3 essentials for organic social media

organic social media Artlist blog cover


Organic content means free content such as photos, videos, and posts you share on your social media channels. It’s designed to be enjoyed by your followers and ideally shared with their followers.
With so much content being posted to social media, it can be hard for organic content to stand out and have an impact on your followers.
For your organic content to positively impact your followers, it needs to cover three bases: entertaining, educational, and authentic.
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When it comes to marketing your brand, social media is an indispensable tool. It’s highly accessible. It enables you to connect with your customers. And to a large extent, it’s an inexpensive means of reaching a host of existing and potential customers. However, it’s also crowded, and it’s easy to get it wrong. 

With so many people, not just brands, having a social media presence, it’s very easy for your content to get swamped and overlooked. Artlist creator Christopher Claflin has identified three critical features when it comes to creating organic content that customers and clients will want to engage with.

Organic vs paid social media


Let’s start by establishing the difference between organic content and paid social media. Organic social media is the content you post on your page. It’s free to access and out there for all of your followers, whether on Instagram, TikTok, or X/Twitter, to enjoy and hopefully share with their followers. It can be photos, videos, text posts, memes, jokes, polls, questions, or anything. 

Paid social media means content that is targeted and delivered into the feeds of social media users, whether they follow your business on a platform or not. It’s advertising. You’ll see it marked as ‘Sponsored’ on Instagram or ‘Ad’ on Twitter/X. This kind of content is directed at specific demographics to have the deepest impact on your brand. Sometimes, you might create particular content for your paid advertising campaigns, but you might also reuse some of your organic content that has performed well among your followers too. 

It’s easy to forget that social media platforms themselves are businesses, and they need to turn to profit. While they might have premium subscription tiers, one of the primary sources of revenue for the likes of Instagram or TikTok is advertising. As a consequence, they use algorithms that favor serving paid-for content over organic social content. Not only will you be competing against other brands’ organic social media, but you will also be vying for eyeballs against paid advertising.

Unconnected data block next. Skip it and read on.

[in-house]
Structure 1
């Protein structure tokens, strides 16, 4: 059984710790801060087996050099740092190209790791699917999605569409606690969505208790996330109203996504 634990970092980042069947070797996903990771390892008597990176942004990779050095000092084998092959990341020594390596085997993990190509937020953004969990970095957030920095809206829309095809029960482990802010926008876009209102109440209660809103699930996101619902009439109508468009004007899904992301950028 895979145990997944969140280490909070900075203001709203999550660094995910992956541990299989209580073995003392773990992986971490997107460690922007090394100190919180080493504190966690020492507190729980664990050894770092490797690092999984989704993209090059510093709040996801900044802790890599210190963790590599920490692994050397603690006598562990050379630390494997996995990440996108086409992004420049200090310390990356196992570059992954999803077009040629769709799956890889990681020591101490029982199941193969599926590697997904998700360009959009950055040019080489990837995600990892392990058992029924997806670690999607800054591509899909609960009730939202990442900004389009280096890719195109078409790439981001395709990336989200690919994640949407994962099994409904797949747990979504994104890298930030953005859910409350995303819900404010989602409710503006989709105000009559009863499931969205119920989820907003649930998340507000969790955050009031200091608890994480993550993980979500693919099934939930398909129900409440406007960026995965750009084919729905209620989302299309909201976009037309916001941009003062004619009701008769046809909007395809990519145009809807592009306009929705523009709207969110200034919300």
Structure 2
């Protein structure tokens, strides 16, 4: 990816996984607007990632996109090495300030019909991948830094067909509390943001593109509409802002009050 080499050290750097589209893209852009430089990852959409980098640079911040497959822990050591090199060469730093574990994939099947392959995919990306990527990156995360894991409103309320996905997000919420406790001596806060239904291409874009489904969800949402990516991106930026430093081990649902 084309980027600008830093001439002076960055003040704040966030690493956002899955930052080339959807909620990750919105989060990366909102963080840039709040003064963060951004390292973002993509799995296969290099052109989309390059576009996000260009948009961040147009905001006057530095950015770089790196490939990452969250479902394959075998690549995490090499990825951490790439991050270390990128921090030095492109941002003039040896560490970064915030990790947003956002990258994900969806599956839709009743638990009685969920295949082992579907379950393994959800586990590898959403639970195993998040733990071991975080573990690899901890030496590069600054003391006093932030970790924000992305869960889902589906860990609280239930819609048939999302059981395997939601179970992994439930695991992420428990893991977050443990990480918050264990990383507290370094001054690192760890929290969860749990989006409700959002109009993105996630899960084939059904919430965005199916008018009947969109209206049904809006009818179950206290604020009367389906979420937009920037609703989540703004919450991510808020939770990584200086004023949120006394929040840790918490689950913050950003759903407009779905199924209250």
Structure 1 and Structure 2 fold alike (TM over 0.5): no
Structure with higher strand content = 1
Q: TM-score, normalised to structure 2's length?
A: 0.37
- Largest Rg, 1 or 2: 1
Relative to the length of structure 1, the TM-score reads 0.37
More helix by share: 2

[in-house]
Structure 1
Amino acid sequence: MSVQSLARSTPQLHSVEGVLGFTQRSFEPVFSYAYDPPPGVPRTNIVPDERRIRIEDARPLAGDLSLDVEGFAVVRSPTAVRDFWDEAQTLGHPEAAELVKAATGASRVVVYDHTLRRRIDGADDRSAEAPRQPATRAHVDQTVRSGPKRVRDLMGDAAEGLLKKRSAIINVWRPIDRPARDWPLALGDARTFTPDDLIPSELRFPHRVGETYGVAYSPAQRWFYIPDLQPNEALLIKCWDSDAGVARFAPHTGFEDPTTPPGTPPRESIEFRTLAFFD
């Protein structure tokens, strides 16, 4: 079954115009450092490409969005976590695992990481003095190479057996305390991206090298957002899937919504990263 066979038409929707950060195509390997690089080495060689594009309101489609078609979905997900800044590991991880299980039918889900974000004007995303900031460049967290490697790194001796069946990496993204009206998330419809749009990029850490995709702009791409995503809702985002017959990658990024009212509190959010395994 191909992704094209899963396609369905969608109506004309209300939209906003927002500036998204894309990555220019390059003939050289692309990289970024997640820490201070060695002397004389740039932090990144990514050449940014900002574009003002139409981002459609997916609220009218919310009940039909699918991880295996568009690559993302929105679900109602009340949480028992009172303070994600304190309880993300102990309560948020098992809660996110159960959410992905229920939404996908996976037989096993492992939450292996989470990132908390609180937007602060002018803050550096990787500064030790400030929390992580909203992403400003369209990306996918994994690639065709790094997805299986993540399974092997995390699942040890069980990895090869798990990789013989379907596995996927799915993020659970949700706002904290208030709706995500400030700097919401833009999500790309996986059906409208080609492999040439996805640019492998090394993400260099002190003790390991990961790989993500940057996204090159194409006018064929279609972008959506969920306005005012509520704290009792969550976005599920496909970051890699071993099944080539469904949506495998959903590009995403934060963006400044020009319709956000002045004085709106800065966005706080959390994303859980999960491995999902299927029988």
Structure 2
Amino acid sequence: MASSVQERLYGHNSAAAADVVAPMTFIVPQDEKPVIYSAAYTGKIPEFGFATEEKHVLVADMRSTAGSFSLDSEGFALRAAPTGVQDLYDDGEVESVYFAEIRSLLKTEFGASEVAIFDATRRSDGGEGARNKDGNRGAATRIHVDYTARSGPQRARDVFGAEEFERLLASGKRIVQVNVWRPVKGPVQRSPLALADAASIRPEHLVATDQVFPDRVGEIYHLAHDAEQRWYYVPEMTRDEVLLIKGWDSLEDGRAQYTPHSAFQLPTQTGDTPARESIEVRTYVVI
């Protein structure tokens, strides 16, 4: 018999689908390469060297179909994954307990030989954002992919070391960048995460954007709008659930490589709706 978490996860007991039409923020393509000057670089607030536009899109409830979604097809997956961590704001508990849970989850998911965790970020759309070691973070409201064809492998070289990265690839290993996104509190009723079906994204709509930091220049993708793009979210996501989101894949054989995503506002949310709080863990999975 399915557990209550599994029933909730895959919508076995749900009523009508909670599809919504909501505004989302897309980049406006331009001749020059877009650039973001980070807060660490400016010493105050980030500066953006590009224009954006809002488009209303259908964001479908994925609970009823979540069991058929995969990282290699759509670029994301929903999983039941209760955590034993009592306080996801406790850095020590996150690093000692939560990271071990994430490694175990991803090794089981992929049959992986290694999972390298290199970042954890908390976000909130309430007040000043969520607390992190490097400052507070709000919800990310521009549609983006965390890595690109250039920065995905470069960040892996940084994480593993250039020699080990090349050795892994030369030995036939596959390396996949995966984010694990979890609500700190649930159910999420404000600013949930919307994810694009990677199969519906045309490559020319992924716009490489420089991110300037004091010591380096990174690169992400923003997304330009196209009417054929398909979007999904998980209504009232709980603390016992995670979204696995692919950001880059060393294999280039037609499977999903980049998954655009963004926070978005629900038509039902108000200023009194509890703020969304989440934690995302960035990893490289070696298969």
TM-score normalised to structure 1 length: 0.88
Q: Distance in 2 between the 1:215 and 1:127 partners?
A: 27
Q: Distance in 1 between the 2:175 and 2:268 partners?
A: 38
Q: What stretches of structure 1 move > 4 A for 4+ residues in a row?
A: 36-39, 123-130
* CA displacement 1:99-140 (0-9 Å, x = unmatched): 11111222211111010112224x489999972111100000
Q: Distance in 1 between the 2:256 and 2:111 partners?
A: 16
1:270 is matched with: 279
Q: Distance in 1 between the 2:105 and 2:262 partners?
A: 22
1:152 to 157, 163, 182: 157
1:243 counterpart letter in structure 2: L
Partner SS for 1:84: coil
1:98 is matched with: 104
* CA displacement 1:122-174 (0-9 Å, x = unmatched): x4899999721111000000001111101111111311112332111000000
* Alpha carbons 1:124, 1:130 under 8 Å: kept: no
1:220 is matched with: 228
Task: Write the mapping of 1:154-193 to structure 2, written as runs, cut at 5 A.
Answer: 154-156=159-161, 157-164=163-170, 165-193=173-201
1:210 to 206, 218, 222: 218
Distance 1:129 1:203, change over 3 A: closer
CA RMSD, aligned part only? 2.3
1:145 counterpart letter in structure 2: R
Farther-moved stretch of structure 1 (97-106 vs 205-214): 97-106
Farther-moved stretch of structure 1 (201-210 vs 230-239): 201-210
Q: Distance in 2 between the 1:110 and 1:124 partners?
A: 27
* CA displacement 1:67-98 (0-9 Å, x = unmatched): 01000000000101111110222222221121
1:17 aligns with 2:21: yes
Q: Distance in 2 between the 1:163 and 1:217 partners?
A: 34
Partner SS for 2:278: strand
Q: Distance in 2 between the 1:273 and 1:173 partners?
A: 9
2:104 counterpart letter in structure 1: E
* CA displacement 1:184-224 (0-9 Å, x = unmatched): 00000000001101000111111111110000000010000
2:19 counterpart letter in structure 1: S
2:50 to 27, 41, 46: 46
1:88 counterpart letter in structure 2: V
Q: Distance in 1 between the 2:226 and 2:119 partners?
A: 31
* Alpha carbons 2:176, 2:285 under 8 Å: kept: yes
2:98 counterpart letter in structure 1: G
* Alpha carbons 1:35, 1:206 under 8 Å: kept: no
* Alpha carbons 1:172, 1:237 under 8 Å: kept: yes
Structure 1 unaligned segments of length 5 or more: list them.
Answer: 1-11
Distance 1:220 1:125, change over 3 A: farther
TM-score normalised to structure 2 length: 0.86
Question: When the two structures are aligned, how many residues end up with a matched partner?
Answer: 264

If you’re going to take the time to create organic content, you need to see a return on the investment. Sure, paid-for content costs in terms of paying for the slot, but organic content isn’t free, either. Remember, it takes time to produce it, and it needs to be shared and monitored by, and requires engagement from, a social media team.

3 priorities for organic content


Whichever way you analyze it, your organic social media faces heavy competition from the algorithms, other brands’ content, and the content put out by everyone else on social media, too. If you’re going to make content that rakes in the views, the likes, and ideally the shares, rather than languishing on a couple of hundred views, it has to stand out from the crowd. 

Christopher has identified what he considers to be the three priority areas where organic social content can rise above the rest. Here’s where you should be focusing your attention. 



For organic content to resonate with your social media followers, it needs to have entertainment value. You don’t want your videos or other media to be dull or bland. Remember: life is short, and there’s a whole lot more to this world than social media. Your business’ social media content is competing with other brands’ marketing efforts–both organic and paid-for–with videos of puppies and kittens shared by your followers’ family and friends and by actual real life, too. 

Any videos that you share need to spark a sense of joy, fun, or excitement in the people who watch them. All your organic social media needs to be worth the 30 seconds or so your followers will have to interact with each post. 

As Christopher puts it, if you sell $3,000 handbags, just showing your customers being happy and smiling at their purchases won’t cut it. You need to do something that grabs attention. So how about doing something wild, like filming your handbags being stress-tested? Throw them off of buildings, run them over with tractors, and make soup in them. It’s unusual and draws attention.